The power of a syllabus


A faint memory came back to me this morning. I was searching for comments on Samuel Well’s book, Improvisation: The Drama of Christian Ethics (Brazos, 2004), and came across a syllabus for an ethics class taught by Dennis L. Durst, M.Div., Ph.D at Kentucky Christian University. This is a fine syllabus, and I remember receiving these in seminary (Harding Graduate School of Religion in Memphis) and how it would set me on a course of discovery.

I’m reliving this morning those moments of quiet reflection and those bursts of amazement that I couldn’t wait to share with my fellow students on that lonely two-hour road between Searcy and Memphis. I’d always try to get those books on the syllabus from a used book store and sometimes could but most times couldn’t. Each book led me to another and a well-chosen paper topic–which I found out the hard way is best chosen with the teacher’s blessing and direction in a planned office appointment early on . . . I used to consider this goofy apple polishing but after a C and a D on a paper thought perhaps I’d better learn the difference between shining apples and humbling myself before a person who was the best person in the world right then to direct my studies.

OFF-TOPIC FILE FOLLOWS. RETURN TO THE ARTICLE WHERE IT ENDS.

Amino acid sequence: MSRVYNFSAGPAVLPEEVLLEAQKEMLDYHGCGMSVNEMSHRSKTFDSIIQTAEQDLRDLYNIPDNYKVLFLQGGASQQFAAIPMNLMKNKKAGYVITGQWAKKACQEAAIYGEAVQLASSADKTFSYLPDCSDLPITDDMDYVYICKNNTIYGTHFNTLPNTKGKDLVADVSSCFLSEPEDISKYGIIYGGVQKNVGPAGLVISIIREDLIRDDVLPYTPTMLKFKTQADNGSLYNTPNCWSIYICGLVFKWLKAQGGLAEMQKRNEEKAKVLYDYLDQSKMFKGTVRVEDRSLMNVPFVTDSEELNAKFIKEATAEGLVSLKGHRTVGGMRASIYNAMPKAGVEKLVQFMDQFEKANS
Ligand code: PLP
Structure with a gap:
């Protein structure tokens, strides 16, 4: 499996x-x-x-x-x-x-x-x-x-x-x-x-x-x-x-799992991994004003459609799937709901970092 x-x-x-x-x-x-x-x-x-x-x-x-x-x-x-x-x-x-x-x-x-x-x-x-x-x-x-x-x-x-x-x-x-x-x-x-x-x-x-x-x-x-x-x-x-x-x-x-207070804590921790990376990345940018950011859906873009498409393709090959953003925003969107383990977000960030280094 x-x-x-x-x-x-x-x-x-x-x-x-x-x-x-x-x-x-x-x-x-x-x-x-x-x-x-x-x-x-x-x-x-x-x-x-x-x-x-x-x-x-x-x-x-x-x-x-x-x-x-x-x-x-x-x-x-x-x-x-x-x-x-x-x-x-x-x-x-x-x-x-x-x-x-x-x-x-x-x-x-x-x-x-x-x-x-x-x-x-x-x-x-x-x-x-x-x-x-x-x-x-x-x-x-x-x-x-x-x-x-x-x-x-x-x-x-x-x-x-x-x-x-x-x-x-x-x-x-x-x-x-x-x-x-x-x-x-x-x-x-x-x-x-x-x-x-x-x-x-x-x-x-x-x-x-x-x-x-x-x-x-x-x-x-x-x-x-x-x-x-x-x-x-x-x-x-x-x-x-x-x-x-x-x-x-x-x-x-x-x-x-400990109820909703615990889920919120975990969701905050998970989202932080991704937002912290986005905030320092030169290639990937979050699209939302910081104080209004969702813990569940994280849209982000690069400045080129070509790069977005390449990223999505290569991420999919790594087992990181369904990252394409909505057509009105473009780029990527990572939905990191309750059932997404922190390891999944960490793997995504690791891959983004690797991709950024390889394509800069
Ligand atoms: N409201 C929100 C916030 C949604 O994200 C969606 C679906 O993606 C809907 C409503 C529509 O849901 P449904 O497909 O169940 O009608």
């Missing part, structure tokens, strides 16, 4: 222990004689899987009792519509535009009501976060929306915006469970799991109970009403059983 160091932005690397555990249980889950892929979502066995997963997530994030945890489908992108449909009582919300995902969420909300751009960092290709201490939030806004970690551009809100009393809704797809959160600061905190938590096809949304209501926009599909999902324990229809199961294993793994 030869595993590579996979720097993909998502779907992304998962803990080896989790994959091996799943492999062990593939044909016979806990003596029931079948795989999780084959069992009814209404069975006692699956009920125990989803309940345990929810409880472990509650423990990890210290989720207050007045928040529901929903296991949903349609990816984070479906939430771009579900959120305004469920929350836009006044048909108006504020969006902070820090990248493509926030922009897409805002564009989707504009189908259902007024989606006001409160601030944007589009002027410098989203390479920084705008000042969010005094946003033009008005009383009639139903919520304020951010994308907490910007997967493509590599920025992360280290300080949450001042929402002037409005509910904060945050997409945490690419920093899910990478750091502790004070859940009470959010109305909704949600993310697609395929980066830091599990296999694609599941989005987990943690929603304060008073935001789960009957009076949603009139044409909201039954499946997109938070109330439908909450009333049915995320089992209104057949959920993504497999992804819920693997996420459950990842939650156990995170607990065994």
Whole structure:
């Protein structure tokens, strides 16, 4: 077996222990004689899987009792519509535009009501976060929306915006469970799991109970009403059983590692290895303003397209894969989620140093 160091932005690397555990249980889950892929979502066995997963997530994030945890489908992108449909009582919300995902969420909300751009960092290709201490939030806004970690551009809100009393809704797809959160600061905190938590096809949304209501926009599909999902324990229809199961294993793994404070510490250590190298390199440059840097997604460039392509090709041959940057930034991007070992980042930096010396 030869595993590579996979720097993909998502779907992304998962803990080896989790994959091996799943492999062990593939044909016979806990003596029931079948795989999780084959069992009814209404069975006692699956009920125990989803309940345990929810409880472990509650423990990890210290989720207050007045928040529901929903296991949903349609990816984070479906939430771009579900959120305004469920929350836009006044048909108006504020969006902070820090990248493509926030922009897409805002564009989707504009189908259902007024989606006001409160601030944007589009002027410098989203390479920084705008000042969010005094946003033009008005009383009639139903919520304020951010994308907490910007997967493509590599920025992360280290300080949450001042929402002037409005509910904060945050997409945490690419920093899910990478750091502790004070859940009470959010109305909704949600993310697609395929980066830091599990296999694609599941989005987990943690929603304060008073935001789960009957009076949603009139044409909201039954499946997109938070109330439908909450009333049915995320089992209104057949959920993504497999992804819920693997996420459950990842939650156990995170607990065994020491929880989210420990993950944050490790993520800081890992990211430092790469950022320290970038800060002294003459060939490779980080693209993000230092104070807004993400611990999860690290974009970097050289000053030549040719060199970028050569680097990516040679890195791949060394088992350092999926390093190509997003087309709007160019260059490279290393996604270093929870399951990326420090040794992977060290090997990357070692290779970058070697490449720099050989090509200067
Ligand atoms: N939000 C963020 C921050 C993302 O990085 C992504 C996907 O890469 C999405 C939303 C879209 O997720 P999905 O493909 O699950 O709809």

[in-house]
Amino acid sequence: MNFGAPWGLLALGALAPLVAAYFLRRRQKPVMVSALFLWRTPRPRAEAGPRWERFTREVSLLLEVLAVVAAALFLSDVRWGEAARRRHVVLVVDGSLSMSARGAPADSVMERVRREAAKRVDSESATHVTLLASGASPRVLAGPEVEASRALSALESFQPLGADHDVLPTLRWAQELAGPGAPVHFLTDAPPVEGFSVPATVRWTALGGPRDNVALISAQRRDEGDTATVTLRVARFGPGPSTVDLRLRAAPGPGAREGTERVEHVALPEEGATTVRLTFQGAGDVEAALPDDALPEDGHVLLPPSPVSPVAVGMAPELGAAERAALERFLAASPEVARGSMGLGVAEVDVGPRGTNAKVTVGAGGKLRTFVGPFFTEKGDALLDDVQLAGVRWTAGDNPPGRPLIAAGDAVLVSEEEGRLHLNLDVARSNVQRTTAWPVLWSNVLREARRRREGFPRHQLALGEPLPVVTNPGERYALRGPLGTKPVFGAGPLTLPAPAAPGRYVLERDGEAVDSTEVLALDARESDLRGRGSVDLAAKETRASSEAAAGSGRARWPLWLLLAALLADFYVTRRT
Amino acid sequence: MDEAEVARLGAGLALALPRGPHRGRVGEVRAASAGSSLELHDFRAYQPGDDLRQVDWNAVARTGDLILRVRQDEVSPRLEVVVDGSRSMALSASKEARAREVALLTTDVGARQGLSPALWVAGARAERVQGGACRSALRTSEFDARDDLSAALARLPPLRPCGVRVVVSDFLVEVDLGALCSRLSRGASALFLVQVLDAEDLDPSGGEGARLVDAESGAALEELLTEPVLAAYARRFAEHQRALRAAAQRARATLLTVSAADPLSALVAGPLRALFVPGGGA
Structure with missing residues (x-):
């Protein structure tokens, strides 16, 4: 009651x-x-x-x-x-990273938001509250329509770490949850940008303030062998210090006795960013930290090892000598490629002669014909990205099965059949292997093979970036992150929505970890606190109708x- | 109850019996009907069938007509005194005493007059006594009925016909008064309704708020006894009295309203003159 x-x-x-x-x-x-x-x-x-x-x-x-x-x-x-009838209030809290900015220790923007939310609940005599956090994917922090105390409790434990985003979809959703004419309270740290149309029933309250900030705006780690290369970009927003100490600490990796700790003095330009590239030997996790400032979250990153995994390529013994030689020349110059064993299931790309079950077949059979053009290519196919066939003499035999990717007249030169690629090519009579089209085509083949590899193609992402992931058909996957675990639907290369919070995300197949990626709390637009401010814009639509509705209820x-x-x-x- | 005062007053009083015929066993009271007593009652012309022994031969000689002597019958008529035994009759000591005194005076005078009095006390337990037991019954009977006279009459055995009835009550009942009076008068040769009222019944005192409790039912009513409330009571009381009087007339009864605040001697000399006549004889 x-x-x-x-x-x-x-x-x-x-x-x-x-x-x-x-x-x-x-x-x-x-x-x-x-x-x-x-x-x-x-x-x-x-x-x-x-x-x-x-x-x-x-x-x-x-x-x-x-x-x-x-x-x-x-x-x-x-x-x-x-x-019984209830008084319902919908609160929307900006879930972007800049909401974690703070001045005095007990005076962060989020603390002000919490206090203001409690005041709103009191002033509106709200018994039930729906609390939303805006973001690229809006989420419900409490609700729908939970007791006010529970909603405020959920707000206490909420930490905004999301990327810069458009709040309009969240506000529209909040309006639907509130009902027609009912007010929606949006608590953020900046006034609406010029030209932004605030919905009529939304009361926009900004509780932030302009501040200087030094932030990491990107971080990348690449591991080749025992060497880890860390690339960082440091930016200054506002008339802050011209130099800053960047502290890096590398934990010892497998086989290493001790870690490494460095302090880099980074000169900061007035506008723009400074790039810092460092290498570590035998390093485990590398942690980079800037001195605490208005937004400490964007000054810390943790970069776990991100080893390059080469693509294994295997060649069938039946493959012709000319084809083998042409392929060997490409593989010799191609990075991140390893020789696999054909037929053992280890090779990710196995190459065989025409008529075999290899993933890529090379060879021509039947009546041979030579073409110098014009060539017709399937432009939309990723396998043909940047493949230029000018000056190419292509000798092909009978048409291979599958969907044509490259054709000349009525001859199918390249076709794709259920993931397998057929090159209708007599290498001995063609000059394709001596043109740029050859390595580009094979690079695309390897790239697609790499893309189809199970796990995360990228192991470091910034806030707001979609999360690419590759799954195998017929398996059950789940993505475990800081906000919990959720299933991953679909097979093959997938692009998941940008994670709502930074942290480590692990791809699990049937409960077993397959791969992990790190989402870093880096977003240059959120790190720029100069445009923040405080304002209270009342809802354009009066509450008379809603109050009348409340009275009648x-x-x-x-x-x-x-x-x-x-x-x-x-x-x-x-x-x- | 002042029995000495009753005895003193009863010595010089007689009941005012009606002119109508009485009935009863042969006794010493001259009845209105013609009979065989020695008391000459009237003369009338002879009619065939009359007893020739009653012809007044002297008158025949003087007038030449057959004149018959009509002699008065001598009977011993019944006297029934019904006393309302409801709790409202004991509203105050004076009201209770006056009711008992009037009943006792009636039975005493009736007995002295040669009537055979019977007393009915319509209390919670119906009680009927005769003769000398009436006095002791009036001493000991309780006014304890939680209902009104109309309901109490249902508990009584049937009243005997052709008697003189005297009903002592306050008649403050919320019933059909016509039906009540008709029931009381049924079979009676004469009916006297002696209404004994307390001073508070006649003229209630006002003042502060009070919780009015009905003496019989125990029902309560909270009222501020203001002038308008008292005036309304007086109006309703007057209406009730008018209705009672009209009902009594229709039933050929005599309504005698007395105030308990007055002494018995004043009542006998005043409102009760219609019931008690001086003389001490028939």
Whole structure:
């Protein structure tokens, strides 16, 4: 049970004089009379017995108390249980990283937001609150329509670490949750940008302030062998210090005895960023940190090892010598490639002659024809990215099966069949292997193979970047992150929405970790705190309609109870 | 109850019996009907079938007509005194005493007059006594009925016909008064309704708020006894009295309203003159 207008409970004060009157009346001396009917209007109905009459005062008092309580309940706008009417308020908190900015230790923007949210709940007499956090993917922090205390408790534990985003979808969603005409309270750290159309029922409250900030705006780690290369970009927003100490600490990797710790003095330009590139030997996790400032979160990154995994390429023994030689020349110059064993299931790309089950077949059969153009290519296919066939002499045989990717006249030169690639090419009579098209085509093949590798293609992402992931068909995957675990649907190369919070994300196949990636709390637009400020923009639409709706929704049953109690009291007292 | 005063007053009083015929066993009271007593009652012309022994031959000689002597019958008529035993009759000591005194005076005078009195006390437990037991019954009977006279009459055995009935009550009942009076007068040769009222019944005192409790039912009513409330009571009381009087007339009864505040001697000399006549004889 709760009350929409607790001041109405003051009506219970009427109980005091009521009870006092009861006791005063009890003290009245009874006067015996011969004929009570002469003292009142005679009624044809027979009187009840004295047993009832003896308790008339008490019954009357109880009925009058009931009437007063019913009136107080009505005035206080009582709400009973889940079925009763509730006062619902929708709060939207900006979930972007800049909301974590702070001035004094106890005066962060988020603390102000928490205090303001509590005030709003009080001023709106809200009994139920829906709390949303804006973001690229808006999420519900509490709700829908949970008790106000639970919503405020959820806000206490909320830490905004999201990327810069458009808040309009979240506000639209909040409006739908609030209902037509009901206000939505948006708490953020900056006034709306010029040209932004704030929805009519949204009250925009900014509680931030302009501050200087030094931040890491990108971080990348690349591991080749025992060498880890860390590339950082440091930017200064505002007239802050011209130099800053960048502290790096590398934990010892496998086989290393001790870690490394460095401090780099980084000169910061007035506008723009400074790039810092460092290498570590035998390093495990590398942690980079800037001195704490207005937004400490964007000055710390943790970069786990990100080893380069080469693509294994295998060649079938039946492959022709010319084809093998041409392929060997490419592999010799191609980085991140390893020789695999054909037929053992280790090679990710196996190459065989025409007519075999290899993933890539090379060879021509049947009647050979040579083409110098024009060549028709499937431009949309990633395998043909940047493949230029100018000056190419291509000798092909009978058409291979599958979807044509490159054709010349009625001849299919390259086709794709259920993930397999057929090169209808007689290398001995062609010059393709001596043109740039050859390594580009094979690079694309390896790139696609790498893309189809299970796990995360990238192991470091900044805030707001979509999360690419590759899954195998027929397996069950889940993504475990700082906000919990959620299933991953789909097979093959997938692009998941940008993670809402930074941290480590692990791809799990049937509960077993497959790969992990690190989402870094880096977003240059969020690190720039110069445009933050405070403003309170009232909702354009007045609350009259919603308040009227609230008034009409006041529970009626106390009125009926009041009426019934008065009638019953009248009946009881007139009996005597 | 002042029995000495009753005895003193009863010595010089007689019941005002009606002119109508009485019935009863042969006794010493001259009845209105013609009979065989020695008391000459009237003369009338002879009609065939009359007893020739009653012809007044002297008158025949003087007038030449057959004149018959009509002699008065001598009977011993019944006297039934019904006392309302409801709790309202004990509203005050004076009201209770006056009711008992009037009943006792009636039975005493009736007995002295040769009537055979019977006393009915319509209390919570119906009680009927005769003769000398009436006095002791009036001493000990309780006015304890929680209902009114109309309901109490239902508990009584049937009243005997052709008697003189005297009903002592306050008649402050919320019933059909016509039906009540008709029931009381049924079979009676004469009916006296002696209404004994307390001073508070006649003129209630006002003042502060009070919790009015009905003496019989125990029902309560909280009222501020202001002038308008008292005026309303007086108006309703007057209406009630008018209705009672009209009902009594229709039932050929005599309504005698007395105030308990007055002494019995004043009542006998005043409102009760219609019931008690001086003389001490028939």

So, with that little memory, I want to share this link with you. May it create in you the same effect that syllabi (that’s a geeky correct grad school way of saying syllabuses) had on me in grad school . . . like a ticket to a passage way into a whole new world, one book and idea deserving and craving and leading to another . . . and ultimately and intentionally closer to God and shaped by His word and into His image.

Dr. Durst’s syllabus

By Greg Taylor Posted in General

4 comments on “The power of a syllabus

  1. “5) Be able to appreciate the role of ethical exemplars in shaping the moral imagination, and the role of improvisation in the drama of Christian ethics, evaluated through small group discussions and a film analysis.”

    The drama of Christian ethics — heh. No joke there.

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  2. When I was in grad school I had a manilla folder for every class syllabus and notes from that class. On the front I would write down every last book the professor even MENTIONED in class. If he or she didn’t know the author or remember the title completely, I would find out within an hour after class. Then, I’d make sure the book was in my library, read as well (of course). I would also keep every syllabus and take notes as if I were going to teach the class myself someday. I am SUCH a geek.

    I wonder if that’s ethical….hmmmmm

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